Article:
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Objective Burma [1945] [DVD]

4.1 out of 5 stars 27 customer reviews

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Product details

  • Actors: Errol Flynn, James Brown, William Prince, George Tobias, Henry Hull
  • Directors: Raoul Walsh
  • Writers: Ranald MacDougall, Alvah Bessie, Lester Cole
  • Producers: Jack L. Warner, Jerry Wald
  • Format: PAL, Full Screen, Black & White, Dolby, Mono
  • Language: English, Japanese
  • Subtitles: English, French, Italian, Dutch, Arabic, Romanian
  • Subtitles For The Hearing Impaired: Italian, English
  • Region: Region 2 (This DVD may not be viewable outside Europe. Read more about DVD formats.)
  • Aspect Ratio: 4:3 - 1.37:1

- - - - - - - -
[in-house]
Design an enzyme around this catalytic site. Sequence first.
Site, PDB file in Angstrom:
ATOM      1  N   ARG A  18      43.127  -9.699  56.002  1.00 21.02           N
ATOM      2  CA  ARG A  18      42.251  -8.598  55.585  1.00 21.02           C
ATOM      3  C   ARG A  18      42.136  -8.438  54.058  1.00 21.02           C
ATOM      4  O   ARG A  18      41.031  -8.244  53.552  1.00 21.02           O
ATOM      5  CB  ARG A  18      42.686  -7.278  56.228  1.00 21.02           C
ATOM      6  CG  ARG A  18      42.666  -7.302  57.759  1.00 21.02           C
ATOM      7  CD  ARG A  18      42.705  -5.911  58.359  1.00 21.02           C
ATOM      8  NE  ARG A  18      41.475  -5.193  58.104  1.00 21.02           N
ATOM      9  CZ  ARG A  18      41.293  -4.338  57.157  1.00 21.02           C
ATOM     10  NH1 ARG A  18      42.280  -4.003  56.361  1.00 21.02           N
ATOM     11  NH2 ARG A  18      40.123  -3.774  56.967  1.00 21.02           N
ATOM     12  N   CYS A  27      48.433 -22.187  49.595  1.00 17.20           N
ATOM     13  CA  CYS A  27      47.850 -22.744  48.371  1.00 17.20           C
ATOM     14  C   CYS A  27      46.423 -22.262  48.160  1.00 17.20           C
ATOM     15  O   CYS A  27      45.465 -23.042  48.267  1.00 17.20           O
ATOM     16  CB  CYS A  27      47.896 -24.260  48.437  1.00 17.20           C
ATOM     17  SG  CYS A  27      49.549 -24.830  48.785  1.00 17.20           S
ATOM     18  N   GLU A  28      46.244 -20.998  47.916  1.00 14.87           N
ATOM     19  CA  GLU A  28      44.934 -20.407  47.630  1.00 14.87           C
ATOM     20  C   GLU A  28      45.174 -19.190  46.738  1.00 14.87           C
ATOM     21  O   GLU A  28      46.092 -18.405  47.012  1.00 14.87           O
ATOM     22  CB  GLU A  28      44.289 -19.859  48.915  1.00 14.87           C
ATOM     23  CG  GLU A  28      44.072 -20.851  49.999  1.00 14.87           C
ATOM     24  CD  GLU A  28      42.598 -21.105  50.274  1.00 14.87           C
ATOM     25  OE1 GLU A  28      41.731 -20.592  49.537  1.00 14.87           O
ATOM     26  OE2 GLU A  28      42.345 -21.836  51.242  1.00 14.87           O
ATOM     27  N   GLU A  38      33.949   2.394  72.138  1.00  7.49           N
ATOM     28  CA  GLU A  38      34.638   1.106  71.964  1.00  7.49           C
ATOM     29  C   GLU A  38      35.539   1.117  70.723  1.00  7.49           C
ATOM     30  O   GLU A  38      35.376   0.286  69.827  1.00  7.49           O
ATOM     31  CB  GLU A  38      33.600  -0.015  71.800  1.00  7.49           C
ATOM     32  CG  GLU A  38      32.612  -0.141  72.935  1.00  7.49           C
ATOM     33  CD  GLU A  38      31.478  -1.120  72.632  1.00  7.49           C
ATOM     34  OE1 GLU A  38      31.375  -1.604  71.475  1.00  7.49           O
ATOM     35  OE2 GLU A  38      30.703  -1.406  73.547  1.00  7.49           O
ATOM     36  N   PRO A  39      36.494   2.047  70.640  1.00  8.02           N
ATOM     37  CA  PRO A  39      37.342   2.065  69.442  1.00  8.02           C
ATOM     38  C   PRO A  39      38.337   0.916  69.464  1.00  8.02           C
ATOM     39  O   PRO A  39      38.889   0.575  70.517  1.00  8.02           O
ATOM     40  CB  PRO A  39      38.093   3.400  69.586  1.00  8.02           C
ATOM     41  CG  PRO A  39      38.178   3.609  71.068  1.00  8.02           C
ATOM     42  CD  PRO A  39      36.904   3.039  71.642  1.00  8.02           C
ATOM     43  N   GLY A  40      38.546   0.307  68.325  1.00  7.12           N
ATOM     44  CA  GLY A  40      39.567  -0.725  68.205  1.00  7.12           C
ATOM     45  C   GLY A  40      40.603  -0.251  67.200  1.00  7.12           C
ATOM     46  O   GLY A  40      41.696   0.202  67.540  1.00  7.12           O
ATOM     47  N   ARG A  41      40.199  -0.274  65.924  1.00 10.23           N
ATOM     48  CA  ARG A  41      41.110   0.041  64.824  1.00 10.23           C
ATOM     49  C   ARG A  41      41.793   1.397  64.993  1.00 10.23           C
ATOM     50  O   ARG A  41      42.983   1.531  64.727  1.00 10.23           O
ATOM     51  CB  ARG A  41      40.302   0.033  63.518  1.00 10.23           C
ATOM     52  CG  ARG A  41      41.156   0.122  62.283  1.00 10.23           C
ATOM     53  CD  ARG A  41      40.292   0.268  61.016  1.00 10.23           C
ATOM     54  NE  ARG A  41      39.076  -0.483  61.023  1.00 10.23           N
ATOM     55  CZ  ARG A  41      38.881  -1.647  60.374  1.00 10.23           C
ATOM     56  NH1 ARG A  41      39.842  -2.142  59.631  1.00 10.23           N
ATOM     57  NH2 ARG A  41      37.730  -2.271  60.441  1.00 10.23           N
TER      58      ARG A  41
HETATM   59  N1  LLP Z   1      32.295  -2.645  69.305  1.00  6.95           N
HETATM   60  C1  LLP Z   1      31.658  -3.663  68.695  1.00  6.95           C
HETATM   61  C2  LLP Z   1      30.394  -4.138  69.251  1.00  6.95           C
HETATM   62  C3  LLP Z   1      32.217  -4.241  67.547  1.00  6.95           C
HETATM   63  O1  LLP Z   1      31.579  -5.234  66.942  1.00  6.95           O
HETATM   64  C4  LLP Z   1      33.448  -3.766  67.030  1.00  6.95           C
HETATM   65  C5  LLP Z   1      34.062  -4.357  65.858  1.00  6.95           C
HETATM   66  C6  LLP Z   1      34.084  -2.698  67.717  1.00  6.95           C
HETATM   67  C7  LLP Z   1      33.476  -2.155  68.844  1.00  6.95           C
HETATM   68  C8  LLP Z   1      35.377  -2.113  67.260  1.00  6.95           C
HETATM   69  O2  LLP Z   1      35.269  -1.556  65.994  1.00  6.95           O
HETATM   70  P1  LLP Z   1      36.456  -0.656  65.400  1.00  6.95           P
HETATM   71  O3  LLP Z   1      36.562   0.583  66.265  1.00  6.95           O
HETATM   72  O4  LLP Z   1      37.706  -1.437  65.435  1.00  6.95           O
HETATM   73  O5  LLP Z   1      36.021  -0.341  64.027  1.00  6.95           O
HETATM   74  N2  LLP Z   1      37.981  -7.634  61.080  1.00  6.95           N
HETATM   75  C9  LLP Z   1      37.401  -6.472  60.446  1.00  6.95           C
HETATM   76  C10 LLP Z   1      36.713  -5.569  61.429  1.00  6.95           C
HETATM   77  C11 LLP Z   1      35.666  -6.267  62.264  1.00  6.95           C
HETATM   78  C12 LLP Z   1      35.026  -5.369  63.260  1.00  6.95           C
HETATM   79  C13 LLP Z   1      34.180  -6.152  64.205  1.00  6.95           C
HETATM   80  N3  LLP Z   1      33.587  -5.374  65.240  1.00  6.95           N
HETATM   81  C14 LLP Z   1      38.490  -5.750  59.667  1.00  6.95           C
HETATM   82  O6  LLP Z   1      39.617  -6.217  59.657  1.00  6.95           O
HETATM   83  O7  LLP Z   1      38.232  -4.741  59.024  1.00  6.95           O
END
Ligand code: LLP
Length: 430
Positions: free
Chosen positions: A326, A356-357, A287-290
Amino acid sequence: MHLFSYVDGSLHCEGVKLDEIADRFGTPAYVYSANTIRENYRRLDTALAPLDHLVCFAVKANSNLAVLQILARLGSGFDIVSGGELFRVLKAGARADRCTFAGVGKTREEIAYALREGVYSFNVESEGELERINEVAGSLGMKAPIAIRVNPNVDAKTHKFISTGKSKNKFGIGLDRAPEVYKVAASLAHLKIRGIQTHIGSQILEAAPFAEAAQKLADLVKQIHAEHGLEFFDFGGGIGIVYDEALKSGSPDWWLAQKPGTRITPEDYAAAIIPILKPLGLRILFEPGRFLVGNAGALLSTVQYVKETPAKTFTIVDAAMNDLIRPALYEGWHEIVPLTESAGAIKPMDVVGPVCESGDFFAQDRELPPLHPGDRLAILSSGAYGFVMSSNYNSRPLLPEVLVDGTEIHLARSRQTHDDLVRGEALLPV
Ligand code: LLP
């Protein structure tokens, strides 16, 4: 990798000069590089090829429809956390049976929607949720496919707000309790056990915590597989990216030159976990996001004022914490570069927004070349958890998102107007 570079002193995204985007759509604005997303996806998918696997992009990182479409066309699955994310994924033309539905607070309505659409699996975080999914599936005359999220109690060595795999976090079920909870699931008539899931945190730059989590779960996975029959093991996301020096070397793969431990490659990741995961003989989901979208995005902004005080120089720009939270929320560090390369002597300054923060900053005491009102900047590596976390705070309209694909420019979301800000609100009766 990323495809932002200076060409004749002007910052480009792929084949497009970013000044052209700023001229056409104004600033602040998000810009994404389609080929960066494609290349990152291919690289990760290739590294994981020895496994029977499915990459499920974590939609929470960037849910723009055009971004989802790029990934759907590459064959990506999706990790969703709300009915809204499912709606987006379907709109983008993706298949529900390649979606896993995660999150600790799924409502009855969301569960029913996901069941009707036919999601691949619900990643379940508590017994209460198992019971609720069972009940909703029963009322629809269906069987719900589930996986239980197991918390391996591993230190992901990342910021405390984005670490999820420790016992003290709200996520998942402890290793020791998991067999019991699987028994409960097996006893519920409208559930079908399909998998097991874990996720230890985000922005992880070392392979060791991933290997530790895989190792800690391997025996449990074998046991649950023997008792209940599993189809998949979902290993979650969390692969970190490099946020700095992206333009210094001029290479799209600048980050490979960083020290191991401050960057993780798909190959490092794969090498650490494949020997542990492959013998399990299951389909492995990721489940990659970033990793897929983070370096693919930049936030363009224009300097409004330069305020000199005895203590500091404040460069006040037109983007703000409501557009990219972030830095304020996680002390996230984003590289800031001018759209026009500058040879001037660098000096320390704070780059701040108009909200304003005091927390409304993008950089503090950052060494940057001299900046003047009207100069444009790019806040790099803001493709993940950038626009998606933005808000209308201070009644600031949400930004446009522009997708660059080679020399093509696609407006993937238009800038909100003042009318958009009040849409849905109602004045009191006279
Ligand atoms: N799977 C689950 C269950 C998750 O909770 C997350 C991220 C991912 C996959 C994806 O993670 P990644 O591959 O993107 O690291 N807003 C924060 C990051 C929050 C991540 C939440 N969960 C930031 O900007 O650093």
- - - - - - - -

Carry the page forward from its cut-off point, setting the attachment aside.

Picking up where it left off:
• Number of discs: 1
  • Classification: PG
  • Studio: Warner Home Video
  • DVD Release Date: 28 Jun. 2013
  • Run Time: 135 minutes
  • Average Customer Review: 4.1 out of 5 stars  See all reviews (27 customer reviews)
  • ASIN: B00009PBHO
  • Amazon Bestsellers Rank: 20,066 in DVD & Blu-ray (See Top 100 in DVD & Blu-ray)

Product Description

Product Description

I will ship by EMS or SAL items in stock in Japan. It is approximately 7-14days on delivery date. You wholeheartedly support customers as satisfactory. Thank you for you seeing it.

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On its first release in 1945, just after VJ day, Objective Burma came under fire in the British press--much as Saving Private Ryan would do some 40 years later--for portraying the jungle war as a solely American operation. But the passage of time has allowed the movie's many merits to outshine its narrow remit. The movie's bone-chilling portrayal of pain, sacrifice and endurance is astonishing; the jungle atmosphere is so persuasive you'd swear it was shot on the actual locations; and you'll never forget the terrifying last dark night on a mountainside--or the crocodiles.